In addition, adolescents with persistent disorder were significantly more likely to have multiple occurrences of mental disorder in adulthood; there was no significant difference between the single-episode group and the no disorder group (Table 3).

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Self-Reported History of “Nervous Trouble”

The frequency of reporting a history of nervous trouble at ages 26, 36, and 43 was not significantly different between the single-episode group and the no disorder group (Table 3). However, it was significantly more common in the persistent disorder group at all three adult ages in comparison with the no disorder group, with odds ratios as high as 9.7.

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Suicidal Ideation and Completed Suicide

Suicidal ideation was reported rarely at the three relevant enquiries (prevalence was less than 2% at ages 36, 43, and 53). Suicidal ideation was significantly more common in the single-episode group at age 36 (odds ratio=6.0; 95% CI=1.9–19.4) in comparison with the no disorder group, but not at ages 43 or 53. No significant differences were noted between the persistent disorder group and the no disorder group. Deaths by suicide were rare, with five suicides in the no disorder group, none in the single-episode group, and one in the persistent disorder group. The presence of one suicide among subjects in the persistent disorder group resulted in a significant increase in the odds of suicide in comparison with the no disorder group (odds ratio=13.5, 95% CI=1.5–118, unadjusted).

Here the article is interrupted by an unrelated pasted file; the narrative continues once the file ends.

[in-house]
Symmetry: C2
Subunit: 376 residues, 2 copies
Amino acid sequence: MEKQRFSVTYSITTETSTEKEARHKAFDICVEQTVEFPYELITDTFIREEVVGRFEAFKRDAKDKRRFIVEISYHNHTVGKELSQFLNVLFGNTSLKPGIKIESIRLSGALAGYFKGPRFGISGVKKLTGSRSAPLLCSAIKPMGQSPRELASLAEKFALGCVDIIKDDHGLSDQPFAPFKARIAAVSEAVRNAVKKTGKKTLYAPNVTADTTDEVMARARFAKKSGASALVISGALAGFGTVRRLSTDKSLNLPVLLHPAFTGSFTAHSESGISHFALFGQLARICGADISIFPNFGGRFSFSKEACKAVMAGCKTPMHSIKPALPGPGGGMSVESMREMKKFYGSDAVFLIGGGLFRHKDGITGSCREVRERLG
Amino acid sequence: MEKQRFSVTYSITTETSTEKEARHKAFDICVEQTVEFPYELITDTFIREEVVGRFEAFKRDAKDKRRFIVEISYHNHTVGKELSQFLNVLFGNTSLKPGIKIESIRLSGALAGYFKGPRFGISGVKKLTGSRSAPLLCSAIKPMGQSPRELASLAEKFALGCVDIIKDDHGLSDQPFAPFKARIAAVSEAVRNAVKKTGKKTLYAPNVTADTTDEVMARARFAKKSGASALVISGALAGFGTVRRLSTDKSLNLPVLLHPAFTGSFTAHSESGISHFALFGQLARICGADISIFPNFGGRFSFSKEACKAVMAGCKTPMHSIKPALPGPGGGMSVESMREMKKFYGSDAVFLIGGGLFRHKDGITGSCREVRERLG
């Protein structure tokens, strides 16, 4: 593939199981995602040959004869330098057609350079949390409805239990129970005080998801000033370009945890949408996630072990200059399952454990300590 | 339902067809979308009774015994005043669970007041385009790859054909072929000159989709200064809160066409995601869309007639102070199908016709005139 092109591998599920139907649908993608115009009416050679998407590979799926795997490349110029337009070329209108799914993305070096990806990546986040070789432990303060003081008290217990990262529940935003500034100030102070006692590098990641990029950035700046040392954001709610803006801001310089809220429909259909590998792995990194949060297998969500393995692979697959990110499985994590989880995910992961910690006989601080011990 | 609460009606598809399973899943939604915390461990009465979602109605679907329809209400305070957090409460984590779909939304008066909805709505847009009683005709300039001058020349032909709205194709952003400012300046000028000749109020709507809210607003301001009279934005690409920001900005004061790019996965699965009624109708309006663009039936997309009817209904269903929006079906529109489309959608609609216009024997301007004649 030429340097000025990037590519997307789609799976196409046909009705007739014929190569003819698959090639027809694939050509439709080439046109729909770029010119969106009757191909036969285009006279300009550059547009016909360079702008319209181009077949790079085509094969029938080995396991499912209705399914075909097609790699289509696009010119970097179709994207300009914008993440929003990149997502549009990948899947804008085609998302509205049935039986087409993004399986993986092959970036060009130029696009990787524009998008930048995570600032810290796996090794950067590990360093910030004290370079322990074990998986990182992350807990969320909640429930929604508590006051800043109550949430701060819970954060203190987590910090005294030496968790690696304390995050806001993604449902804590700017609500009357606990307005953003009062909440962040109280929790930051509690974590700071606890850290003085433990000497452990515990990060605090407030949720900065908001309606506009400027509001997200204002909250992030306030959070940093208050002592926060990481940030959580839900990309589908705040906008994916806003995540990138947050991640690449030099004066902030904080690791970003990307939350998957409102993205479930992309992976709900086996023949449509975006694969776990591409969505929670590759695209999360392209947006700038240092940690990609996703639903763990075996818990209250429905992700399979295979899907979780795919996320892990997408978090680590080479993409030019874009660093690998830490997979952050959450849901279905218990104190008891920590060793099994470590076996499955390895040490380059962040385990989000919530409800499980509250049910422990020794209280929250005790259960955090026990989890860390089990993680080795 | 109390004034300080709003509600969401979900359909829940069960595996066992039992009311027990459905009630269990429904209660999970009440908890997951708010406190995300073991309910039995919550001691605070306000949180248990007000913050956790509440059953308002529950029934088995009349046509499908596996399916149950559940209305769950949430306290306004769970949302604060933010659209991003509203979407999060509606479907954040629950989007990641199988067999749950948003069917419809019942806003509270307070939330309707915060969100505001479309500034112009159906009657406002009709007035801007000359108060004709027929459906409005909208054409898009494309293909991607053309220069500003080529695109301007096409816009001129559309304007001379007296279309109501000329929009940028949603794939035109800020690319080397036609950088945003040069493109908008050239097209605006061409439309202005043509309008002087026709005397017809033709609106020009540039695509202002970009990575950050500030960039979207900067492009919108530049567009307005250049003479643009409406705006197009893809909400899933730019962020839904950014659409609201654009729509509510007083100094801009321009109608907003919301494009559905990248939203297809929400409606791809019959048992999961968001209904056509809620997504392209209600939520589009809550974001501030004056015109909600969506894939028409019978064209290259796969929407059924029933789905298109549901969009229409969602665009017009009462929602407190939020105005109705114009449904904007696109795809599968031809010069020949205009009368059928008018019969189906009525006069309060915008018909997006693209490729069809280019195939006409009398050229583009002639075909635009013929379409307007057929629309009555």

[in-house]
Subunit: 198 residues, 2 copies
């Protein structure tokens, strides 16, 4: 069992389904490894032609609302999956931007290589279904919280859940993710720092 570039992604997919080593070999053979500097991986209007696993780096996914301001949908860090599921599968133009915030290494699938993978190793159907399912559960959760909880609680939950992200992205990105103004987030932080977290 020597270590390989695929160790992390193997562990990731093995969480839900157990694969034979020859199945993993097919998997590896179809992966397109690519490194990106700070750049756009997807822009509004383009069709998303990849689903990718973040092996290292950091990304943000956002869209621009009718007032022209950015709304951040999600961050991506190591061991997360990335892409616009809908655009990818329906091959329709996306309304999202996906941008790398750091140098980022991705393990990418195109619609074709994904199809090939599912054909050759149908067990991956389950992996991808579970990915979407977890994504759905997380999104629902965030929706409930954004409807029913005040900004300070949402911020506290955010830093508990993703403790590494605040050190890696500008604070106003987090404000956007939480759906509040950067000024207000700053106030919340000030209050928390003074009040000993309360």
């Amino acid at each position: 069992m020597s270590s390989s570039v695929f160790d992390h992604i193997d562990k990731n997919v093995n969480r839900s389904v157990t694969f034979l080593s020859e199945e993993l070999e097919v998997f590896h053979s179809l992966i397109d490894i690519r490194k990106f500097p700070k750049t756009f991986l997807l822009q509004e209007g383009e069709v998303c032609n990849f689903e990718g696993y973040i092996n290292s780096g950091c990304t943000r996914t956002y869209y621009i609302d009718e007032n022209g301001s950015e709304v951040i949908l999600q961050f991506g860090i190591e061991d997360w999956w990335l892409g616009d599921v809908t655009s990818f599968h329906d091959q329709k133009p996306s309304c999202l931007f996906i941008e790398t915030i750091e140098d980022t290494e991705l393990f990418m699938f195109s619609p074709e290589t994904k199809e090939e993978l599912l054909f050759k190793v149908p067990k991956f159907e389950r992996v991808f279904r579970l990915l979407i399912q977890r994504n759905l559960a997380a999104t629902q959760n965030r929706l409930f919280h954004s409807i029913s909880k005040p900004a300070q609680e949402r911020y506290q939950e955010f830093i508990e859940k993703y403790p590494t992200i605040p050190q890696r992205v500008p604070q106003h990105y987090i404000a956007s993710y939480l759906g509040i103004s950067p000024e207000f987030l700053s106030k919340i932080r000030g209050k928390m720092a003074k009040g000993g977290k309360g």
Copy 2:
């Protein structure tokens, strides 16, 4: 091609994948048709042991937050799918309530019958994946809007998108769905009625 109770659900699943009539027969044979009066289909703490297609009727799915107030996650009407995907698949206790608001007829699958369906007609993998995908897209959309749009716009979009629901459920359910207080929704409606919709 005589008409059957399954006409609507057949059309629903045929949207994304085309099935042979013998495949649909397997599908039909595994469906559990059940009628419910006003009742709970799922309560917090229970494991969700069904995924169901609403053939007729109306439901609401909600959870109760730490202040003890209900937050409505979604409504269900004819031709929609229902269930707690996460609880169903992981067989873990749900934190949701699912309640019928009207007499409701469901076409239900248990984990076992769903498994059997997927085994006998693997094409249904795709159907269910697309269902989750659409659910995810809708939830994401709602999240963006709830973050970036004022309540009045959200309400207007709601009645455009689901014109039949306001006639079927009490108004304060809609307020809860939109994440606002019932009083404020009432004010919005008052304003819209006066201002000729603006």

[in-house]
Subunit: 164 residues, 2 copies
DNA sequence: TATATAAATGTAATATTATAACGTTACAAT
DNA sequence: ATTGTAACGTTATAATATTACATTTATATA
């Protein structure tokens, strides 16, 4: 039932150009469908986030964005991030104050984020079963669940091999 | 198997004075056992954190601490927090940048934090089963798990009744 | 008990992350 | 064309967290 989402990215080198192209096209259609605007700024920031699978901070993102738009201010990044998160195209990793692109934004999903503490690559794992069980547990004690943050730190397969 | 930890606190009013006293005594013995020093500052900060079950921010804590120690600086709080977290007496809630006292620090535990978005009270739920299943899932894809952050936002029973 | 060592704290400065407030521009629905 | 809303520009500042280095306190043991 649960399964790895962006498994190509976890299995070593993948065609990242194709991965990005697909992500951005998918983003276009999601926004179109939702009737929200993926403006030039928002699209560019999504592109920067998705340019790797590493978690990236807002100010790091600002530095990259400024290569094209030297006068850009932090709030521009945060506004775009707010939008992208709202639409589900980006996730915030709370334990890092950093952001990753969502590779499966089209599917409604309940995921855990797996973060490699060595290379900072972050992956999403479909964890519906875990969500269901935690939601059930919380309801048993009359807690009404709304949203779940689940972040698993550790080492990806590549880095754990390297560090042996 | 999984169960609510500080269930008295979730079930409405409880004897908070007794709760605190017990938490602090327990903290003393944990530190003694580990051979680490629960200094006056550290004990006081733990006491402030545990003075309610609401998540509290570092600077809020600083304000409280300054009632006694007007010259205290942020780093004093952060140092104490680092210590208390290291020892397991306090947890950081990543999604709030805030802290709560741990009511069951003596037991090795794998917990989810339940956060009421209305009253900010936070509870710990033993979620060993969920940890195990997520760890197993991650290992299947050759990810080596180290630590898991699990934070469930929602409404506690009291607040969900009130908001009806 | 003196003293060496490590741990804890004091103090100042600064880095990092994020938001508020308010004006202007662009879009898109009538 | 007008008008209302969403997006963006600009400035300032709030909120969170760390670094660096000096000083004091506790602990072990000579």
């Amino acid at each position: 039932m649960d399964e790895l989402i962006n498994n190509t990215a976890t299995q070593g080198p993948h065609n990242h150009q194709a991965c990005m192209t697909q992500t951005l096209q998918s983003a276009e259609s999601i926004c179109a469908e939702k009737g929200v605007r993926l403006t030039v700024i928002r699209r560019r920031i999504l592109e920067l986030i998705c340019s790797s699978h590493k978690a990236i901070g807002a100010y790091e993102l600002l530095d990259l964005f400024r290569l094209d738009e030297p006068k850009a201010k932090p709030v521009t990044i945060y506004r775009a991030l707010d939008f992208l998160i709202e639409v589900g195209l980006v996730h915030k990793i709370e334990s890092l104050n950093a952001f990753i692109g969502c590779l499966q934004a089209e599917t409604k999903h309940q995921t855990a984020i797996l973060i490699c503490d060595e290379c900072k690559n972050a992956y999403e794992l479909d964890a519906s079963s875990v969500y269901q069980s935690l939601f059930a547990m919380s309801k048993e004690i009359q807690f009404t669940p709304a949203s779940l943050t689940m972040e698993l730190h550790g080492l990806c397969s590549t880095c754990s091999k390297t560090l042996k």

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Physician Treatment for “Nerves”